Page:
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Feral Pumpkins. Sunday September 7, 2014

I'm not the gardener in our house. It is my husband who pores over plant catalogues, hijacks the kitchen table with his seed trays and compost, who tenderly pricks out, pots on and hardens off. He can prune a fruit tree with scientific exactitude and has an enviable success rate with cuttings. I limit my gardening activities to a little gentle weeding, some desultory dead-heading and much lazy reading in the hammock.

My husband has a perennial problem, however. We spend every August by the sea, a hundred miles away from his beloved garden and each year he agonises over just when to plant out the tomatoes, the sweetcorn, the courgettes and cucumbers so that they come into harvest at the beginning of September rather than the beginning of August.

Every year, when we return from the coast, he barely takes the time to put down the bags before he marches the whole family out on a tour of the garden so we can rejoice in his successes and sympathise with his failures.

It rarely works of course. Vegetables seem to be hardwired to fruit in August or else to produce small and wizened offerings destined never to ripen in the weak September sun.
This year was no different. In place of tender courgettes, three great marrows hulked under huge leaves, their hides like camouflage patterned Kevlar; the tomatoes bore many tiny yellow stars, but only a handful of hard green asteroids within a black hole in the centre of the plants. The sweetcorn had grown high and promising but the cobs themselves were sadly undersized. And the slugs had eaten the cucumbers.

But something else had grown. Where our homemade compost had been dug in to prepare a bed for a planned "architectural planting" (a bush), a couple of pumpkin plants had erupted with vigour, rampaging across the lawn and cascading voluptuous leaves and saffron flowers over the gravel drive. Within the leaves, several fat and swelling fruits lolled bumptiously at their ease.

We have no idea what kind of pumpkin or squash these are. We didn't plant them; they came by themselves, but we are enjoying them hugely and look forward to harvesting them come October.

My husband won't give up on the other veg, of course. The tomatoes and sweetcorn obviously need to go out earlier, courgettes later and the cucumbers defended from slugs. While he hasn't said as much, it must be galling for him to realise that his best harvest will be entirely unintentional. But then, a lot of life is like that; and it's best to just enjoy these serendipitous successes.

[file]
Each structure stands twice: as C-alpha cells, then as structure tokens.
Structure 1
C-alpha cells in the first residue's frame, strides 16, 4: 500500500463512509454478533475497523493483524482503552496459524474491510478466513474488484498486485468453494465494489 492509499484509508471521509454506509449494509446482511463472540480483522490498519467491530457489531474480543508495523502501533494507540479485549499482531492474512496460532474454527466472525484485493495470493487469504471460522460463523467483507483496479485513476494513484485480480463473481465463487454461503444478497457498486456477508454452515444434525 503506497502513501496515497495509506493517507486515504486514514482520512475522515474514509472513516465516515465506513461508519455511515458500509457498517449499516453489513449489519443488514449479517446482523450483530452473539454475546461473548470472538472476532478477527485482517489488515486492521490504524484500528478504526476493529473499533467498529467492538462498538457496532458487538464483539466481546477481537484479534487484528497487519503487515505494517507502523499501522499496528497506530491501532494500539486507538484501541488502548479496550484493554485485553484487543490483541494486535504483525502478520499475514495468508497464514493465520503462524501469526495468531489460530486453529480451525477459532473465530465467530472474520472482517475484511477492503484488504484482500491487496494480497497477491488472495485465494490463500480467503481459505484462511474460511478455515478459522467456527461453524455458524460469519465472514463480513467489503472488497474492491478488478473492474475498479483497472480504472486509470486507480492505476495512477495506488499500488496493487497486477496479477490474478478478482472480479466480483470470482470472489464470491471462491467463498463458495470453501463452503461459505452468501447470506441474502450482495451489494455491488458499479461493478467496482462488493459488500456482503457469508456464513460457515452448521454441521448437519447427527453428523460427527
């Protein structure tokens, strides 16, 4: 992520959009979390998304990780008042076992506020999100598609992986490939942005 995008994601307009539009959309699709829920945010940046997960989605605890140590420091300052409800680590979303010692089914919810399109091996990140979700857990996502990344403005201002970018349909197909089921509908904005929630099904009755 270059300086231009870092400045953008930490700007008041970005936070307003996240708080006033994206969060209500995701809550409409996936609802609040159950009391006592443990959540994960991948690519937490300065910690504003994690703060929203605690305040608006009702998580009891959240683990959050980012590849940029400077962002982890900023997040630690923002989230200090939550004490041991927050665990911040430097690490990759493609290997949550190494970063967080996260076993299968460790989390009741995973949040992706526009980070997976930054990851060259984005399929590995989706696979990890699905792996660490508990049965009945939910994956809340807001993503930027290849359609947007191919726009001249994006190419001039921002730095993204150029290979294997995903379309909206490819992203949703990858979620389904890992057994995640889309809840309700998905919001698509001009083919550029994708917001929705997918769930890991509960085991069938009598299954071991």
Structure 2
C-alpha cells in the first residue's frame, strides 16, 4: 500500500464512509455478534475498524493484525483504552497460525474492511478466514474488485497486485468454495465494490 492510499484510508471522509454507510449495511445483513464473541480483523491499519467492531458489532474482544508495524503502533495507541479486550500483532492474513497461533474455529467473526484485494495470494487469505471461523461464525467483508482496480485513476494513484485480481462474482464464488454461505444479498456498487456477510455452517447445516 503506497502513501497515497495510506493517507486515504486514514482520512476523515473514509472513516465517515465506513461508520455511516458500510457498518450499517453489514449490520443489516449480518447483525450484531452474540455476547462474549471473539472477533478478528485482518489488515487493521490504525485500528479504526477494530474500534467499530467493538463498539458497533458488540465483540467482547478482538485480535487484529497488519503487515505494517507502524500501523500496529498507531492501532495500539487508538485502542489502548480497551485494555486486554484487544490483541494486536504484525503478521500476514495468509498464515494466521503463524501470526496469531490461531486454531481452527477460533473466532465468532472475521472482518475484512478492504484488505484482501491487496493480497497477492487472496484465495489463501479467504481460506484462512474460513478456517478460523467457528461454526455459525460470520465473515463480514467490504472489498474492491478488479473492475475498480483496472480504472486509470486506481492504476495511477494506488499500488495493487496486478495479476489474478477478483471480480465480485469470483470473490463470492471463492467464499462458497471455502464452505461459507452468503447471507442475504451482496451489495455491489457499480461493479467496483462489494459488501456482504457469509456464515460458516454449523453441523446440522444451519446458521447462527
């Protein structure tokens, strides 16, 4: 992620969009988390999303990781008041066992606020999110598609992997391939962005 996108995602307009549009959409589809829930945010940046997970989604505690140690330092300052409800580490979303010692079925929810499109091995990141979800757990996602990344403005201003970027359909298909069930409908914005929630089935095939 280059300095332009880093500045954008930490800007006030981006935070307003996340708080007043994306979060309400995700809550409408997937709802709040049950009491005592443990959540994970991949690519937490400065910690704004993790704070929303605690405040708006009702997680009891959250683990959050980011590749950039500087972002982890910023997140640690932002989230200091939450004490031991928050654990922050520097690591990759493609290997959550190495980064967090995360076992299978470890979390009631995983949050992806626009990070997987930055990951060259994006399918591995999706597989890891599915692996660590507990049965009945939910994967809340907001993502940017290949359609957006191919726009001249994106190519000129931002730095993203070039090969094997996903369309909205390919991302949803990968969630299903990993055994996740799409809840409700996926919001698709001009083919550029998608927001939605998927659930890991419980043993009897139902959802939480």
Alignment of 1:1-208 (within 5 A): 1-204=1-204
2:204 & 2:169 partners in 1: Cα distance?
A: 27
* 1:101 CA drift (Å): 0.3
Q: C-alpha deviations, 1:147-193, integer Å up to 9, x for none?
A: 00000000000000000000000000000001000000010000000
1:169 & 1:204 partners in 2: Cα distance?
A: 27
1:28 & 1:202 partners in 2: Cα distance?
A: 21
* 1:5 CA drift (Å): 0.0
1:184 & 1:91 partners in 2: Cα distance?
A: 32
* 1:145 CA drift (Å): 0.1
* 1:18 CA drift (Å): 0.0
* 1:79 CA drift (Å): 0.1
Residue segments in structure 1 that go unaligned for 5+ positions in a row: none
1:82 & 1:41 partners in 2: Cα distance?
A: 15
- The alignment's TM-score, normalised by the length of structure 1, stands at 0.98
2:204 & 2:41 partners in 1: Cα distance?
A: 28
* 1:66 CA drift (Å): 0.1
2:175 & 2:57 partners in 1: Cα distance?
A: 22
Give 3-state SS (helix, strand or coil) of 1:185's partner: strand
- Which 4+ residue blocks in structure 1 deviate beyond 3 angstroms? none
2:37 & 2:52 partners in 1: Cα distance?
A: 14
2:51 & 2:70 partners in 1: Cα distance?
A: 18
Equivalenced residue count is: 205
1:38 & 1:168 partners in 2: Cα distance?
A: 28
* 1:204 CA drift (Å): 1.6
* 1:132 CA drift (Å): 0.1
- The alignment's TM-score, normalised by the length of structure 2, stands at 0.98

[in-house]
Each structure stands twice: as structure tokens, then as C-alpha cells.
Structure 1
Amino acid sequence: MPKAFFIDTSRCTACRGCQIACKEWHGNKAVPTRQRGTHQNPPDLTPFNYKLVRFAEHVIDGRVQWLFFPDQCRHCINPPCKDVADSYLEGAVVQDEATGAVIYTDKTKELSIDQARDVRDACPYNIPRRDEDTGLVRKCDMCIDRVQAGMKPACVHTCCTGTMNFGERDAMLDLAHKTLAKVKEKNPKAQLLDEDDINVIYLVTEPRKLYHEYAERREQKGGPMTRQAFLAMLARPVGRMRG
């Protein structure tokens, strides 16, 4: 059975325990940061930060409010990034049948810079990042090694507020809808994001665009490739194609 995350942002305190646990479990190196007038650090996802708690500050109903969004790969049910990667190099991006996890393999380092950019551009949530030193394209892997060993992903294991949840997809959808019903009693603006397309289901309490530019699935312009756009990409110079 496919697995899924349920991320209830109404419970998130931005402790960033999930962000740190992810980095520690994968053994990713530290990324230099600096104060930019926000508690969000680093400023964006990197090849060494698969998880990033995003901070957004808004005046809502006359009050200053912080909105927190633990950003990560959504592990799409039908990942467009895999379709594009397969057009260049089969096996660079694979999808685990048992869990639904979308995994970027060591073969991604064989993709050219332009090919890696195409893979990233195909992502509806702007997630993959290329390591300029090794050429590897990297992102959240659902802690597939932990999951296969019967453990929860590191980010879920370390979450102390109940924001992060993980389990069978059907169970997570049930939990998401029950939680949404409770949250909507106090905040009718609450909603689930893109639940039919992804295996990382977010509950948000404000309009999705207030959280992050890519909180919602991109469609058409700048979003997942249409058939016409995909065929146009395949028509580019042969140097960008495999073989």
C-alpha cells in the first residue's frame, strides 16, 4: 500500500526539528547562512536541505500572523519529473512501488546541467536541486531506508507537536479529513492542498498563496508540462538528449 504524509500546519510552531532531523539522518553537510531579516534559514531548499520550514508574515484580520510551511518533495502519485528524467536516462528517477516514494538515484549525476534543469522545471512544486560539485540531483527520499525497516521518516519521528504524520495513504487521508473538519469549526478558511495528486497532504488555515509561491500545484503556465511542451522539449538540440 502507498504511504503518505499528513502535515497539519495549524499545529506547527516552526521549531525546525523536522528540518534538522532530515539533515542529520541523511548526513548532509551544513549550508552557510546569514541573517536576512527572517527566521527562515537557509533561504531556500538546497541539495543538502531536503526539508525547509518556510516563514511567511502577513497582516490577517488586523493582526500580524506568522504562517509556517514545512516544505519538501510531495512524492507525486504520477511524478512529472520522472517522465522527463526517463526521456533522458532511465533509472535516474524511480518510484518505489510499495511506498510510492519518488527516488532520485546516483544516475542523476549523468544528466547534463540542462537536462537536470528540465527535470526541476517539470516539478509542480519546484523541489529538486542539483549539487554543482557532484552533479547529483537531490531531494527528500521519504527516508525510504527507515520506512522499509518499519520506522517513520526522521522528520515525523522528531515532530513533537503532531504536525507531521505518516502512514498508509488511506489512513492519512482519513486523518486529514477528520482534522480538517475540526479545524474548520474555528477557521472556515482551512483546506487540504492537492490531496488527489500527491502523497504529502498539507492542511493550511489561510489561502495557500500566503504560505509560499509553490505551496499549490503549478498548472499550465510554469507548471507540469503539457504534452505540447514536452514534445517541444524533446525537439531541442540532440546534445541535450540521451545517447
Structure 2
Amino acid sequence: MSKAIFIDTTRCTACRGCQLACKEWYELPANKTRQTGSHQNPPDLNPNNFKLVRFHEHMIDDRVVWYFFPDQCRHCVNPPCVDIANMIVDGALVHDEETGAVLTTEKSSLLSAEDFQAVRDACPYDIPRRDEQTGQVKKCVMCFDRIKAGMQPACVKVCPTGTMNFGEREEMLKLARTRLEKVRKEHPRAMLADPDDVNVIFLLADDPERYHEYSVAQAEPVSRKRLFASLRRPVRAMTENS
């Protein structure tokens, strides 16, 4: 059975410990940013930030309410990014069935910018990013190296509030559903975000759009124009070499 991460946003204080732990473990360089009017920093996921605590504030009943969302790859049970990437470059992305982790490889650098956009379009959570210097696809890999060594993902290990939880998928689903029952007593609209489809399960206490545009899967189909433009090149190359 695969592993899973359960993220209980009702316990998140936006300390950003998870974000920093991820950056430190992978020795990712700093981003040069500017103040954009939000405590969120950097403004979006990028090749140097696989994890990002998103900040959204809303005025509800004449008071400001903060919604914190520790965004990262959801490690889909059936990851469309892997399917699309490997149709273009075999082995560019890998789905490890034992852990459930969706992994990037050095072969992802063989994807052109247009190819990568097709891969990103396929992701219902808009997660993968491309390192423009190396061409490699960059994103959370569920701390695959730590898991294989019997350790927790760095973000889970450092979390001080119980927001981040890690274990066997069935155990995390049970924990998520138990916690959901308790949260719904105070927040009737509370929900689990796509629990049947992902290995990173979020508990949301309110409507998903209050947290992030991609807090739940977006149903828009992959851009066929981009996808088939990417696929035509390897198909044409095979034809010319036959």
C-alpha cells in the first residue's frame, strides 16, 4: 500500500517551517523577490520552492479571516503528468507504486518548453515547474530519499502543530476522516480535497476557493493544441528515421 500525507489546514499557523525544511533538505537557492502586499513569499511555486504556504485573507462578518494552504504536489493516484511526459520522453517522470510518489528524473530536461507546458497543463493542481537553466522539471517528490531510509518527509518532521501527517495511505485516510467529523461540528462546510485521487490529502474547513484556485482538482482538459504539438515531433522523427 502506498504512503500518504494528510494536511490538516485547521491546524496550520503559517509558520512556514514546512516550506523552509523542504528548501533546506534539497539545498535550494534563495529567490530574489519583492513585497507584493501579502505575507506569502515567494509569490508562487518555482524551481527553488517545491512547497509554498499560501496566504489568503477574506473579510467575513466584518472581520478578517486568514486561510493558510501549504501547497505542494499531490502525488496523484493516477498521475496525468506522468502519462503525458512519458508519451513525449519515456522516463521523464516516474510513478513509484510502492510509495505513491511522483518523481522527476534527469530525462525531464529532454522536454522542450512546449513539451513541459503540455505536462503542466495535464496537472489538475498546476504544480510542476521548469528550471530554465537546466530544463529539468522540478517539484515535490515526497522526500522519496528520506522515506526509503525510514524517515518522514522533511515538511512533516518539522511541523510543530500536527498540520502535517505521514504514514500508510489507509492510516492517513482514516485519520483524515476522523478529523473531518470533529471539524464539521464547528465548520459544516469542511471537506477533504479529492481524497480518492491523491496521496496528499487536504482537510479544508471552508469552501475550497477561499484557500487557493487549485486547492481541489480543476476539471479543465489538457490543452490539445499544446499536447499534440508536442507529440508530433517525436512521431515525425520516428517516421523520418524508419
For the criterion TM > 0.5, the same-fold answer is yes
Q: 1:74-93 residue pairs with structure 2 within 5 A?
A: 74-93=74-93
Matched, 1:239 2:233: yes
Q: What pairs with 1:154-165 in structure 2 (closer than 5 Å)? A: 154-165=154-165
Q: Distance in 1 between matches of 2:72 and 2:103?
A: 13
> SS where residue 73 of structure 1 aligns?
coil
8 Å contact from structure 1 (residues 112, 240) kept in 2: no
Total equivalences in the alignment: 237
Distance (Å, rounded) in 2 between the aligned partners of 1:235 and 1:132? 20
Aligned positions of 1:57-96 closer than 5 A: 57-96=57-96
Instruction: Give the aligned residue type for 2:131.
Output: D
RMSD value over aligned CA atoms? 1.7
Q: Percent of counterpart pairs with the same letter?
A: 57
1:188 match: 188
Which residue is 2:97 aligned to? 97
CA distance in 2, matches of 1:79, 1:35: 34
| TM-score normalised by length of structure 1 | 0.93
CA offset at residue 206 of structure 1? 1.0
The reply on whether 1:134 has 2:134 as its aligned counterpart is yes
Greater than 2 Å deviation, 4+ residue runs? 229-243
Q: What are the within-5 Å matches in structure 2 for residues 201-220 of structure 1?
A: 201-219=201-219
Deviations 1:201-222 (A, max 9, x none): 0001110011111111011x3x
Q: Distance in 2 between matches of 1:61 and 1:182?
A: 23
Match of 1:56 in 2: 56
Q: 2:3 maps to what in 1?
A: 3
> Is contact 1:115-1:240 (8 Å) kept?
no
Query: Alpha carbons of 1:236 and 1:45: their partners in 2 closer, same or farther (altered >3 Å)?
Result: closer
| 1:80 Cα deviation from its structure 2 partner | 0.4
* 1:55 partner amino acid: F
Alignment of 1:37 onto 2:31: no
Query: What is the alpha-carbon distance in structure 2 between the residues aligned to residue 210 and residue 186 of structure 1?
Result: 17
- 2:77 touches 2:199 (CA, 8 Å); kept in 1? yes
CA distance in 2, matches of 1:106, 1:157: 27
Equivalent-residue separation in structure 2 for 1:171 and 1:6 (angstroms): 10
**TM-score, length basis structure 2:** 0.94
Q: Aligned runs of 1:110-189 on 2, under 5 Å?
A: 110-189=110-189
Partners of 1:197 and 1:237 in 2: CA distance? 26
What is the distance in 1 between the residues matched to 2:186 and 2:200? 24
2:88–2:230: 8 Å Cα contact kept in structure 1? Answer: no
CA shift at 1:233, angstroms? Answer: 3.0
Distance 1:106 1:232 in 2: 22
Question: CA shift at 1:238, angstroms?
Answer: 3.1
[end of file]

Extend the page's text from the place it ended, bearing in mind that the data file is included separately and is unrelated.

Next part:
In the meantime, has anyone got any recipes for marrow?

A Moodscope member.

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Lex McKee Sun, Sep 7th 2014 @ 7:21am

Oh Mary, what beautiful language!... and a great message! I can see a galaxy populated by great spaceships like your marrows... and your asteroids and tiny yellow stars. Thank the Universe for Planet Pumpkin and all the little munchkins that will enjoy the Harvest!
As for Marrows... stuff them with savoury rice or mince depending on your love or dislike of meat! Sweet!

Tim White Sun, Sep 7th 2014 @ 9:15am

I love this blog, very elegant. I needed to be reminded that alot of joy (fruit) can come from unplanned and unexpected events. Thank you.

Anonymous Sun, Sep 7th 2014 @ 9:45am

What joy! I am dealing with our neighbour's garden here in France - moving a compost heap which has spent 20 years unmoved. We have a 'compost' garden, waiting with bated breath for what will come up. Aren't thorn apples attractive? Nothing edible, but lots of colour - question, how did it all get there in the first place?

Di Murphey Sun, Sep 7th 2014 @ 2:49pm

Dearest Mary ~
How lovely is your post! I got lost in it and felt sympathy for your husband-gardener ~ then I realized that in looking over my own life events, much of what i have accomplished was because I did not know an better. No one told me. Yet there it is for all to see, realizing much later that I was a bit insane to even try it.

The unexpected glorious colors in your compost are a wonderful reminder of how our lives are filled with "unexpectations" and joy. Thank you for the lesson. Be well.
Di Murphey

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